Effects of aerobic exercise on lipid profiles and high molecular weight adiponectin in Japanese workers

Wei Guo, Hiroaki Kawano, Lianhua Piao, Nana Itoh, Koichi Node, Takeshi Sato

Research output: Contribution to journalArticlepeer-review

23 Citations (Scopus)


Background The metabolic syndrome is characterized by the accumulation of several metabolic risk factors. It is important to improve physical activity and dietary habits to reduce the risk of cardiovascular disease in humans. Methods The study participants participated in a weekly aerobic exercise program that included a session composed of a brief meeting, warm-up exercises, and primary exercises (low and high impact, stretch, muscle training, and cooling down). To evaluate the effect of this intervention we measured body fat composition, holding power, and quality of life assessment. Blood tests were also carried out before and every 3 months during the study. Results Of the 37 participants enrolled in the exercise group, 31 (83.8%) completed the 12-week program. The control group consisted of 42 subjects, 36 (85.7%) of whom were available for follow-up at the end of the 12-week study period. In the exercise group, weight, body fat percentage, waist circumference, the World Health Organization quality of life 26 (WHO-QOL 26) score, triglyceride, total cholesterol, high density lipoprotein cholesterol and low density lipoprotein cholesterol had improved significantly at the end of three months. The high molecular weight adiponectin concentration of the participants in the exercise group increased during the 9-month period of the study, although this change did not reach statistical significance compared with pre-exercise. Conclusion Aerobic exercise led to an improvement in body composition and lipid profiles. High molecular weight adiponectin concentrations tended to improve compared with pre-aerobic exercise levels.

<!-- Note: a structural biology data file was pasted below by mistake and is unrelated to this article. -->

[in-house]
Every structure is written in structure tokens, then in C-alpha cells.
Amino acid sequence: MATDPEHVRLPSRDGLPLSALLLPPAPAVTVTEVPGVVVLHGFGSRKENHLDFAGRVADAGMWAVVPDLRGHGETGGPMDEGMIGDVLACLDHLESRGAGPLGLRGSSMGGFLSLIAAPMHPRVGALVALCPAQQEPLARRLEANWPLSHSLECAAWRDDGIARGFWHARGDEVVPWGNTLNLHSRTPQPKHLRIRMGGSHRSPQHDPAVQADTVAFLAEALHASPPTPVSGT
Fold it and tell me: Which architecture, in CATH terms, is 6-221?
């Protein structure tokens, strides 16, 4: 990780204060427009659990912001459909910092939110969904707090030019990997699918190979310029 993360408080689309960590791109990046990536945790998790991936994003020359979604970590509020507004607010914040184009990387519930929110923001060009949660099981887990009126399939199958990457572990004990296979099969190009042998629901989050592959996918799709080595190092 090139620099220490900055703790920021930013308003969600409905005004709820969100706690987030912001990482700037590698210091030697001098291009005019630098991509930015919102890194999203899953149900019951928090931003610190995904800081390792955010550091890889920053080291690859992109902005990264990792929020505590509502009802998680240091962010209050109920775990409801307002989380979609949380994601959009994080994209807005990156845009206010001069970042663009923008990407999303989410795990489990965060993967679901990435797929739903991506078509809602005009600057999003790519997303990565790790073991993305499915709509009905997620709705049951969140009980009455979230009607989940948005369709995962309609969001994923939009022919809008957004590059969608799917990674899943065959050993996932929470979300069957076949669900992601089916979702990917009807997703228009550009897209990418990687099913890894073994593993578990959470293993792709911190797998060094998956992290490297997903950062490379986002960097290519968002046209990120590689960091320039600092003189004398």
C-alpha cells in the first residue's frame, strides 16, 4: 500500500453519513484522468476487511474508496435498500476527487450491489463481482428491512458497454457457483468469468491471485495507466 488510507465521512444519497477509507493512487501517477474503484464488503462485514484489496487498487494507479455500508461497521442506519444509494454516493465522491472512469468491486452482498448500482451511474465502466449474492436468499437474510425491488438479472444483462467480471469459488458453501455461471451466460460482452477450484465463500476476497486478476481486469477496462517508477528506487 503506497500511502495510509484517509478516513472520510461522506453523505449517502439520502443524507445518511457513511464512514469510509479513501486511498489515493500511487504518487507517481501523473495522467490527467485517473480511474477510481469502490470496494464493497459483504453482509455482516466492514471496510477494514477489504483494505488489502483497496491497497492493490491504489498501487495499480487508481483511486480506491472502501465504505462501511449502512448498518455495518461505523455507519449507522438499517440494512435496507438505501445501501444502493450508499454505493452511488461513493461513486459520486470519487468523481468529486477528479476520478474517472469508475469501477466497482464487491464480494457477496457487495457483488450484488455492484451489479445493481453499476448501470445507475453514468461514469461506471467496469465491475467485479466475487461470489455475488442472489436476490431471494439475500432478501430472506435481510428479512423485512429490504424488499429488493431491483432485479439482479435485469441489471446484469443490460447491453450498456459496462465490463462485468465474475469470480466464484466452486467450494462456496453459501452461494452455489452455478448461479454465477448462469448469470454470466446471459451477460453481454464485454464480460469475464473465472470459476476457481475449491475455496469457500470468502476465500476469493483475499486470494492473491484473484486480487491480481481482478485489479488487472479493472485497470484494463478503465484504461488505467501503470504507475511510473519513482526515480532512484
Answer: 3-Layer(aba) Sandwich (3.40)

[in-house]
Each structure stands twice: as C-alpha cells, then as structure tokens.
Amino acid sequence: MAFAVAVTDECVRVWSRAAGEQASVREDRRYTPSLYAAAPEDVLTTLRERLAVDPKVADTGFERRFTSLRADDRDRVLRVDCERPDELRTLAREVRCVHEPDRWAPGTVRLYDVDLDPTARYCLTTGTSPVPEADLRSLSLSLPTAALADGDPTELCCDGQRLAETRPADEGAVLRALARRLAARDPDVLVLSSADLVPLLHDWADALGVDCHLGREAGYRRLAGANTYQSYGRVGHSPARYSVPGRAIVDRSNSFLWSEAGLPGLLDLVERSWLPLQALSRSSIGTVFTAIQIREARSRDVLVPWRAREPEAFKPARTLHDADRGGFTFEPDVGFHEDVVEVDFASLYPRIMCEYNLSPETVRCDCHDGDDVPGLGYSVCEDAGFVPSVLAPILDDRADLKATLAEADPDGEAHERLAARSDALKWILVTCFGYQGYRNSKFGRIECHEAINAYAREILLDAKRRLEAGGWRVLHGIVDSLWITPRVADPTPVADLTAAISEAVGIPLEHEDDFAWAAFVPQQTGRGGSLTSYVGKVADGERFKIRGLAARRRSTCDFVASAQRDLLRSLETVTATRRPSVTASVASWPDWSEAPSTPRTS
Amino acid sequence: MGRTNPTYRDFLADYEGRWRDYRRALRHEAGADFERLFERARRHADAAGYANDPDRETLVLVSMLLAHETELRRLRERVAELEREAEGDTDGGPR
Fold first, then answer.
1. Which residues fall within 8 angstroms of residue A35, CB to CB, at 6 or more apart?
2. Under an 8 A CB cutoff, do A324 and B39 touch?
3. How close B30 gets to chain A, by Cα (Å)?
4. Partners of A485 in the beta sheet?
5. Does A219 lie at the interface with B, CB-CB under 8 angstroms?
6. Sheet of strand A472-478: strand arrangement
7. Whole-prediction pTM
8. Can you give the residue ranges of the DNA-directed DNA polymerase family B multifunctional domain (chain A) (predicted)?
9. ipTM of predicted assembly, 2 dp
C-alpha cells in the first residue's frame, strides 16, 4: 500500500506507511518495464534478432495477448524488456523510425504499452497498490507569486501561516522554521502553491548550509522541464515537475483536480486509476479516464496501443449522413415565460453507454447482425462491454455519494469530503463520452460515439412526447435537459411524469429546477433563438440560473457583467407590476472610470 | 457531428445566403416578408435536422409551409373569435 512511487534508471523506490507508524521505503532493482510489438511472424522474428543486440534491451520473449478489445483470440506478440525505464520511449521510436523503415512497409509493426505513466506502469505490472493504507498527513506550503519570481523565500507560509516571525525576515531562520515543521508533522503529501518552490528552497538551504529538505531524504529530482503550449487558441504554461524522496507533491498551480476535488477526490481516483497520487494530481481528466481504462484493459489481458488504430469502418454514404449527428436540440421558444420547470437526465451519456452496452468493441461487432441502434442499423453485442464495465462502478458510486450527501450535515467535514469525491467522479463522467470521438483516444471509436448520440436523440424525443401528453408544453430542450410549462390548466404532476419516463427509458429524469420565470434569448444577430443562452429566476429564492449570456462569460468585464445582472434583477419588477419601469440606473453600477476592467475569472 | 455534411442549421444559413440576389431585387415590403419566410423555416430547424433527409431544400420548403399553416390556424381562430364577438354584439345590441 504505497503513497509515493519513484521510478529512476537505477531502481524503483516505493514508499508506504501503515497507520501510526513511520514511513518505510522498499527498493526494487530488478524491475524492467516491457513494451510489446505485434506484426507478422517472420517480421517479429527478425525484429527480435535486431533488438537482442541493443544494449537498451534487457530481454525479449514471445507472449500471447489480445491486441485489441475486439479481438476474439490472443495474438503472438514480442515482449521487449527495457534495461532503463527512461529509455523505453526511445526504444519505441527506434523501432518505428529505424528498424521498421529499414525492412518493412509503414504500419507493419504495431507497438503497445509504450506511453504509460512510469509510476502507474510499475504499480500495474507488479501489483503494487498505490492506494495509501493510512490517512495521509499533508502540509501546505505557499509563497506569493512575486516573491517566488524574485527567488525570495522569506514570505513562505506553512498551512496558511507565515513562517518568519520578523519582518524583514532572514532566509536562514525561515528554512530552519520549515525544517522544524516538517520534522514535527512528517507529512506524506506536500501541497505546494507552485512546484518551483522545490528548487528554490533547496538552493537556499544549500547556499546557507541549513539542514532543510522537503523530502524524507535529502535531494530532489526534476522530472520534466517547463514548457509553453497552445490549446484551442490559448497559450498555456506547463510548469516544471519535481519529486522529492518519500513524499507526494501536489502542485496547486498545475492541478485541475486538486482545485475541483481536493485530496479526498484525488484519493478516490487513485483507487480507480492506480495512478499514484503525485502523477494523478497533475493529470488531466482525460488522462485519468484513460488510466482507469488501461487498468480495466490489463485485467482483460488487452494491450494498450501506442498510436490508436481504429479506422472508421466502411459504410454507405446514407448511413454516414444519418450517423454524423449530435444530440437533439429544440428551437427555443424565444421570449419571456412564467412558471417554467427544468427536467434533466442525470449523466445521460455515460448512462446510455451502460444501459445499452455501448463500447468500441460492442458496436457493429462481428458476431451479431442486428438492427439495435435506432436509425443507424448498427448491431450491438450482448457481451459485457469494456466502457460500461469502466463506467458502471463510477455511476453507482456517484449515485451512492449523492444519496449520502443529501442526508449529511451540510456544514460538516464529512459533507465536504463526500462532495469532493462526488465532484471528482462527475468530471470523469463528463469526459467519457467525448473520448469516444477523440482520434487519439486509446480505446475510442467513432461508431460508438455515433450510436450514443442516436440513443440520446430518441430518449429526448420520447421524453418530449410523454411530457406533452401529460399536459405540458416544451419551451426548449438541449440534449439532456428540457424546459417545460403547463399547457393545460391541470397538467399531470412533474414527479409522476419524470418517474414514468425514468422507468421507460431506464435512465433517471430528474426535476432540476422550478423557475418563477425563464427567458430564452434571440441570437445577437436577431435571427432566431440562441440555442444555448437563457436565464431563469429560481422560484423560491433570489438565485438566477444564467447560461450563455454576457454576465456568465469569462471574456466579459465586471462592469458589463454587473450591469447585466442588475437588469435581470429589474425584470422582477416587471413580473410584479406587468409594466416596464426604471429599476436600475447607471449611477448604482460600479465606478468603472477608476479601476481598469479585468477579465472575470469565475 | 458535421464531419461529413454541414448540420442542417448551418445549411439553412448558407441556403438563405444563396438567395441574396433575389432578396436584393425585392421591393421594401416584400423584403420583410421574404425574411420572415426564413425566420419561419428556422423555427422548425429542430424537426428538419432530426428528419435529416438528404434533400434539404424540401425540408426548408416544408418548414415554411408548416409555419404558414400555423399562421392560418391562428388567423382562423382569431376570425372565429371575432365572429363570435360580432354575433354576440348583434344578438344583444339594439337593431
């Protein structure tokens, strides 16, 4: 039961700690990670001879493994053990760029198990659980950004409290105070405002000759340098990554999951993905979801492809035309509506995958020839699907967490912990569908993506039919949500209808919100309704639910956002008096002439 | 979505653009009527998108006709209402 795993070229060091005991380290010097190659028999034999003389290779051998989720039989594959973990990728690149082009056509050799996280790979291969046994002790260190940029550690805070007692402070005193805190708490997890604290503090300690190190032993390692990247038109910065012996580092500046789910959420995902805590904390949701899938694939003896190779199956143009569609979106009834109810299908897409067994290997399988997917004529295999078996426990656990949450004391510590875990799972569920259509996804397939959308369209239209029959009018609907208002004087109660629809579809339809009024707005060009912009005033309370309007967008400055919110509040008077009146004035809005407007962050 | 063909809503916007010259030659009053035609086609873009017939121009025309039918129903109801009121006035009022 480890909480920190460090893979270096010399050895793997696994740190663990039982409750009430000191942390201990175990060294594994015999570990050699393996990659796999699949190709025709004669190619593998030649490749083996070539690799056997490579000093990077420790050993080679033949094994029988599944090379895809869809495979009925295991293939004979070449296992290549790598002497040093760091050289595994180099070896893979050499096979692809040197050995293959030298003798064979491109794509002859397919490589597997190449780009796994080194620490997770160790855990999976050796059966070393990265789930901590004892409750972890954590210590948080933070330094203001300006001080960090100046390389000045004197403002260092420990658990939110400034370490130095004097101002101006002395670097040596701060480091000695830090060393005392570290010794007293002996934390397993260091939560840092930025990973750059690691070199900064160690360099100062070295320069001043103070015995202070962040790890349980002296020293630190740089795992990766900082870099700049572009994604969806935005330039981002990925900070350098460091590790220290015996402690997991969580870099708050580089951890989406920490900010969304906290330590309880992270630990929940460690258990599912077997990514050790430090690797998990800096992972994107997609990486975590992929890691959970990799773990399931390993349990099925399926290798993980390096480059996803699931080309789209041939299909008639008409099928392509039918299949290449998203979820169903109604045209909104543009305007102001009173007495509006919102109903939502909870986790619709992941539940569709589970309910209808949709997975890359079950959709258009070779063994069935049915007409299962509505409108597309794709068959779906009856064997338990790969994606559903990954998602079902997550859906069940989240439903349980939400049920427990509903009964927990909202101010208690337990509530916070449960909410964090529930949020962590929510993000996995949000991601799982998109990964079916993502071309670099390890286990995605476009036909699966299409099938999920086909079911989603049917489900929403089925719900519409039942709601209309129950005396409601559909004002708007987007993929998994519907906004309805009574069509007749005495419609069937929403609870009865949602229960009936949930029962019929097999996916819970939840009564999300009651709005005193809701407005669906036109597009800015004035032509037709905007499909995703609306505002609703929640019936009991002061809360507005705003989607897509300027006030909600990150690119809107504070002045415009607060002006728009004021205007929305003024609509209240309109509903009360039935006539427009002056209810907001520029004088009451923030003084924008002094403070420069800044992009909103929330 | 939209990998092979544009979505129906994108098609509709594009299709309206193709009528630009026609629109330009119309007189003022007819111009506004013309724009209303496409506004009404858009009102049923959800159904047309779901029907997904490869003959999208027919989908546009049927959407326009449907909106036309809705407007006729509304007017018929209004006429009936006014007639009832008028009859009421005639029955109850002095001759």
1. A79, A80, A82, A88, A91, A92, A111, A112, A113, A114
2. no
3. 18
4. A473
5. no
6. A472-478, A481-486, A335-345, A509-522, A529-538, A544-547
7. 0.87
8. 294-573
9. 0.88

Original languageEnglish
Pages (from-to)389-395
Number of pages7
JournalInternal Medicine
Issue number5
Publication statusPublished - 2011
Externally publishedYes

All Science Journal Classification (ASJC) codes

  • Internal Medicine


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